Telecom company, Airtel Africa has agreed to sell up to 4,500 telecommunication towers across five (5) African countries to reduce its $3.5 billion debt and aid the impending repayment of bonds.
Africa’s second largest telco will sell off towers in Tanzania and Madagascar where it has a combined subscriber base of over 13 million people. The telco will also cash out on cellular masts in Gabon, Chad and Malawi.
While speaking at an interview, Airtel Africa CEO Raghunath Mandava revealed that the telecom company was looking to cut down accumulated debts through its tower sales.
We are constantly seeking to bring down our debt, and we prefer to bring it down even faster with the tower deals.Raghunath Mandava, Airtel Africa CEO
Recall that Airtel recently exited its Ghana operations after posting consecutive losses in the past four quarters and losing over 4 million subscribers in the country.
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Airtel perhaps sold out 100% to the Ghana government to salvage the company’s fortunes before it plunged into a full-blown debt crisis.
According to the telco’s annual report, Airtel owes a repayment of $890 million due in May and an instalment of $505 million due in March 2023.
The telecom giant seems to have done a lot of borrowing to sustain operations in Africa where it has failed to consolidate its market hold into requisite profitability levels. Airtel Africa’s net profits slumped year-on-year by 57% in Q1 2020 and dropped year-on-year by 8.3% in Q2 2020.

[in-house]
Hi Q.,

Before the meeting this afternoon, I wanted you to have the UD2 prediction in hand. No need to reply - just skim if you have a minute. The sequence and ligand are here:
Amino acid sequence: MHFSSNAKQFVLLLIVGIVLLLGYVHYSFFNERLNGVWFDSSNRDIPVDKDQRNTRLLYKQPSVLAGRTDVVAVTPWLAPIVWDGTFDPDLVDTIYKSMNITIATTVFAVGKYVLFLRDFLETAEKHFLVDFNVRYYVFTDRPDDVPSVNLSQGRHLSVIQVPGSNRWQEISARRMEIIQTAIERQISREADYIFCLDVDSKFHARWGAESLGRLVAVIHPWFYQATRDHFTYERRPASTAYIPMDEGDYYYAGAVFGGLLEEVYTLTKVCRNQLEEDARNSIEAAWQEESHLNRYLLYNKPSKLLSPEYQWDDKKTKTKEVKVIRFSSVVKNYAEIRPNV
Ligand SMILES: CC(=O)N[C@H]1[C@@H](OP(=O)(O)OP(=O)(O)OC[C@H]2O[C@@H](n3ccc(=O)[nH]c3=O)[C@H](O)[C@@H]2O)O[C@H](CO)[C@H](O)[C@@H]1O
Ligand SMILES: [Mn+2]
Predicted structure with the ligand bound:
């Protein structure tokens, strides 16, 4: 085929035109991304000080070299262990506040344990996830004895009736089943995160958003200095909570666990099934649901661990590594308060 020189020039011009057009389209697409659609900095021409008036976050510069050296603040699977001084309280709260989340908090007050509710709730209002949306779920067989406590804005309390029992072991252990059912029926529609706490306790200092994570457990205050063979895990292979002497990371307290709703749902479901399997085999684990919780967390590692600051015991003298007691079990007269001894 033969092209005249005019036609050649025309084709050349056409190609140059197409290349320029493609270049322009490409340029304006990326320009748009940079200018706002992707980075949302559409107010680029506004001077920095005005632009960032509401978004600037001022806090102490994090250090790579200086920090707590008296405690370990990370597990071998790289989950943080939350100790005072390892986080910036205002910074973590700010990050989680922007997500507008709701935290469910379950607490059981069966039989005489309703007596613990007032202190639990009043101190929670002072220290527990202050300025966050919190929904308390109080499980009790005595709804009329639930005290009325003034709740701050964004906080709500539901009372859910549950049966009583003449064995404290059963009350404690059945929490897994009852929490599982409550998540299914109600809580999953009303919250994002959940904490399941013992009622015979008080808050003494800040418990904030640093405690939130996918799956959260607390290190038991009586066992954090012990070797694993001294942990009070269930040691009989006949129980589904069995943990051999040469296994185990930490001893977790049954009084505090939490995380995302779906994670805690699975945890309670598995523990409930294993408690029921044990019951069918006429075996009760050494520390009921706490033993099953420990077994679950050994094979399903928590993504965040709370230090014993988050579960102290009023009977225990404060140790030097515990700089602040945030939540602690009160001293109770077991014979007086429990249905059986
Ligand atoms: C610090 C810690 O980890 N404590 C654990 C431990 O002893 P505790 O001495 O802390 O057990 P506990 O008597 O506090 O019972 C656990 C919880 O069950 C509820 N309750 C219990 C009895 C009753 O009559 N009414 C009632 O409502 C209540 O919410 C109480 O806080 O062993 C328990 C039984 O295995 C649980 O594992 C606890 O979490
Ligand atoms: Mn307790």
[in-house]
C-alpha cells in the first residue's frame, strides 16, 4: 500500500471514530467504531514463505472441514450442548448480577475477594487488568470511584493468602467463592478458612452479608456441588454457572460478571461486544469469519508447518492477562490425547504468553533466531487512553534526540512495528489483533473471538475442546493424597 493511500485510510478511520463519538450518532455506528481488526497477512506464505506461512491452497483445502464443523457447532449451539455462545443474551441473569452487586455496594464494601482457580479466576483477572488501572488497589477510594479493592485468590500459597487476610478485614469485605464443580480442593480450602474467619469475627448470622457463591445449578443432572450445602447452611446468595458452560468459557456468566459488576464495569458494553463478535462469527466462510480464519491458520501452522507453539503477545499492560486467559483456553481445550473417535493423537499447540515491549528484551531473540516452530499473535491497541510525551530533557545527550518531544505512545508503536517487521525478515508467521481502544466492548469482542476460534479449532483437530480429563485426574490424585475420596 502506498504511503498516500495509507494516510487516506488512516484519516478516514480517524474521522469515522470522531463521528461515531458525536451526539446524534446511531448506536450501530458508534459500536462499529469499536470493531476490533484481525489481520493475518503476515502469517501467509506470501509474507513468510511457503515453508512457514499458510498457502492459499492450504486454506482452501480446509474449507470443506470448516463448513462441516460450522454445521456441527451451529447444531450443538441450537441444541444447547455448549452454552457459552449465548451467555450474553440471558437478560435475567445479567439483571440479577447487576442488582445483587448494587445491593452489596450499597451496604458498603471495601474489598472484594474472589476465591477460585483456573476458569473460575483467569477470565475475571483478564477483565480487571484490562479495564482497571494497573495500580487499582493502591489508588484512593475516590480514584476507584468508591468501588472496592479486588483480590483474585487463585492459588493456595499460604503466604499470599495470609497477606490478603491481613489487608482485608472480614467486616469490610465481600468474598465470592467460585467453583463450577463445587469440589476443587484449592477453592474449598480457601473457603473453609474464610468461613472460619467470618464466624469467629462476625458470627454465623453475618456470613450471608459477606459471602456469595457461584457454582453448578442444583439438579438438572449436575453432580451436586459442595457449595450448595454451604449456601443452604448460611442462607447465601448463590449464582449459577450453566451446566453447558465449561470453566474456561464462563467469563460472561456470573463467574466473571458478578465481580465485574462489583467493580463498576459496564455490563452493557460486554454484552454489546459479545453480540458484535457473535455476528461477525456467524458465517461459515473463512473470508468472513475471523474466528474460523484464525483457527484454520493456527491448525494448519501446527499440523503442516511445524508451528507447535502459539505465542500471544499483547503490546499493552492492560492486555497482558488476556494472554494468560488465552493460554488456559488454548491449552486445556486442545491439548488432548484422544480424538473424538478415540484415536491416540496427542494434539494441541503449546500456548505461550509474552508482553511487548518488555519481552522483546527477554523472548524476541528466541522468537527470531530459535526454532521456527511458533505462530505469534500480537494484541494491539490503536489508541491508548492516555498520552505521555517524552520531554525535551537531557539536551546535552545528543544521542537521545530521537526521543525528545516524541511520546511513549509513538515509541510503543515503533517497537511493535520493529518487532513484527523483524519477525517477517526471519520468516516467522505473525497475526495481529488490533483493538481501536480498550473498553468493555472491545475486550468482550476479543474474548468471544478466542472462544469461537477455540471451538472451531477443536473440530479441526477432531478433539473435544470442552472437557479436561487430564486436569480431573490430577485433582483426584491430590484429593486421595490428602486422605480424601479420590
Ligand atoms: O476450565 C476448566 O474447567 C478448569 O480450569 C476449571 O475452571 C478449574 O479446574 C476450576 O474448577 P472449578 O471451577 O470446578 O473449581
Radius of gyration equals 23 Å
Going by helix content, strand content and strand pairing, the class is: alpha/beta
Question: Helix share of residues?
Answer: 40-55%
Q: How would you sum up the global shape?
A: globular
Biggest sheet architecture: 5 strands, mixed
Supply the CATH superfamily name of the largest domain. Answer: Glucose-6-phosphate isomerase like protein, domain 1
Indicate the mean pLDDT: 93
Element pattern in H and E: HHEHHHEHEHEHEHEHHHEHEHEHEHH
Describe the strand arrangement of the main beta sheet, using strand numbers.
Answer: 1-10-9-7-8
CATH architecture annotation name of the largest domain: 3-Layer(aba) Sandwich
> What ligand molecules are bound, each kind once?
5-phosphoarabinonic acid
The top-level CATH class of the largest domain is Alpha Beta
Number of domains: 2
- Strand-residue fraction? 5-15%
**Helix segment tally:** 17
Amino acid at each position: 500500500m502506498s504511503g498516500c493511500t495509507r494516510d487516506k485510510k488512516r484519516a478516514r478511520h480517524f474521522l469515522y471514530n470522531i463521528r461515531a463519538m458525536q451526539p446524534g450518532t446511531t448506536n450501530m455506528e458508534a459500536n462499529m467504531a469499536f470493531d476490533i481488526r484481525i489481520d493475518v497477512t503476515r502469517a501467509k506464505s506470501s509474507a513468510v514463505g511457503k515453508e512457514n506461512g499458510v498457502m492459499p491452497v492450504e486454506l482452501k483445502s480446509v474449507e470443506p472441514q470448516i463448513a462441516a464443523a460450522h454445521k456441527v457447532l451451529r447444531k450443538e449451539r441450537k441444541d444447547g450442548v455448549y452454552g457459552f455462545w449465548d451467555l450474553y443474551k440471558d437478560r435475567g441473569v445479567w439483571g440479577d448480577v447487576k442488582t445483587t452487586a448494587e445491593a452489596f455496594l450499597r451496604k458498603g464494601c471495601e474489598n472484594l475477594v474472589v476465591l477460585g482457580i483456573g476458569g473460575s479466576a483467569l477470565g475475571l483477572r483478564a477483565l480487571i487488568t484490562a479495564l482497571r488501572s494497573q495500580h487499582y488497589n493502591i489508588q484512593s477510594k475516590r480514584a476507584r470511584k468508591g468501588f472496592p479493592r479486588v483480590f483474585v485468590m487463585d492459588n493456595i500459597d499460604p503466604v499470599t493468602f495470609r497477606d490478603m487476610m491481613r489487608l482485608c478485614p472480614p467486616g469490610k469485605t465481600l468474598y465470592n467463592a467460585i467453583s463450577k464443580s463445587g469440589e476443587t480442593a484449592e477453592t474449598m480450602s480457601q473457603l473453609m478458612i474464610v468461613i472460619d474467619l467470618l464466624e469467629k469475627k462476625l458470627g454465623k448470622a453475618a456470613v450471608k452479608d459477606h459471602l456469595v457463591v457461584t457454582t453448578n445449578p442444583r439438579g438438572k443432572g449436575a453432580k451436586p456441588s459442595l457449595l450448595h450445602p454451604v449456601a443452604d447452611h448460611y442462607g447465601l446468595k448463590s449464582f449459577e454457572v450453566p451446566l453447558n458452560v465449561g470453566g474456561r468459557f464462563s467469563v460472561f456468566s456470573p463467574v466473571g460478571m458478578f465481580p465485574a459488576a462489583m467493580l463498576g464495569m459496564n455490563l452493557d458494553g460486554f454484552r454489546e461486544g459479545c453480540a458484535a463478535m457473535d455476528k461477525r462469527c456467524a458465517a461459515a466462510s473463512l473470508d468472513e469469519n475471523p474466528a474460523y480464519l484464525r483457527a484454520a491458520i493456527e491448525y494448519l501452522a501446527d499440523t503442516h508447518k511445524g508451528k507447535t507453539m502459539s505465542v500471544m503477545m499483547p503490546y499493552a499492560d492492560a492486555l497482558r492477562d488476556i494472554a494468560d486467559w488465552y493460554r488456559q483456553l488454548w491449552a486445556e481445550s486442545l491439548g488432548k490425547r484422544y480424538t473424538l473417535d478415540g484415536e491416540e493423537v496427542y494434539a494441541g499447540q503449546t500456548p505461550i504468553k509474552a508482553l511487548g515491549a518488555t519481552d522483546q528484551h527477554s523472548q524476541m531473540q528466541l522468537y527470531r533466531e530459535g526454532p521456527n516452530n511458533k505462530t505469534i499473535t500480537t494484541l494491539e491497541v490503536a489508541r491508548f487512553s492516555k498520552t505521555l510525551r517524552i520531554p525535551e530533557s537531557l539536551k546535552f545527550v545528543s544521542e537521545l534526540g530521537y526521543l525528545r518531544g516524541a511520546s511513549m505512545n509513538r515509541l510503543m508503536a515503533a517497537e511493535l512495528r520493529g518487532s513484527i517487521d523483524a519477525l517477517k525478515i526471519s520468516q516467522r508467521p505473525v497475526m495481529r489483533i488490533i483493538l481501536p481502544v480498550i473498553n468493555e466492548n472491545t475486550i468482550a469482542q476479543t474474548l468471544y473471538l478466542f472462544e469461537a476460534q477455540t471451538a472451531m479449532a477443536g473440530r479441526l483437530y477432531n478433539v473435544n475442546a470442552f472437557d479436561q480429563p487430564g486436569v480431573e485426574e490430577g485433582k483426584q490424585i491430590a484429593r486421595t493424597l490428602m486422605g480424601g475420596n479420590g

Mandava revealed that Airtel Africa, a subsidiary of India’s Bharti Airtel, made use of the earnings from last year’s dual Initial Public Offering (IPO) deals on the London Stock Exchange (LSE) and the Nigerian Stock Exchange (NSE) to reduce debts by $4.2 billion.
Although the telco had an asset valuation of $3.78 billion following the June 2019 IPO, since then its stock has declined by 18% to $3.1 billion.
According to the CEO, the company cut down debts from about $7.7 billion to $3.5 billion. However, the telco is still indebted to the tune of $1.8 billion worth of bonds with its largest shareholder, Bharti Airtel.
Airtel Africa recently appointed Kelly Rosmarin to replace Arthur Lang as a Non-Executive Director based on the nomination of India’s Bharti Airtel, the controlling shareholder.
Airtel is present in 14 African countries and its decision to sell off 4,500 towers across five of these countries will significantly reduce broadband penetration, internet access and network coverage on the continent.
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Airtel is not the first telco to cash out on tower holdings to provide debt relief. In January this year, telco giant MTN exited its tower businesses in Ghana and Uganda by selling its 49% shares for $523 million to American Towers.
Africa has more than half a billion internet users (530 million) and broadband penetration is estimated to be about 40%, according to internetworldstats.
While this is not welcome news for Africa’s growing internet population, Airtel has said it plans to rent back the towers from the buyers. The telecom company has yet to disclose the identity of the buyers.
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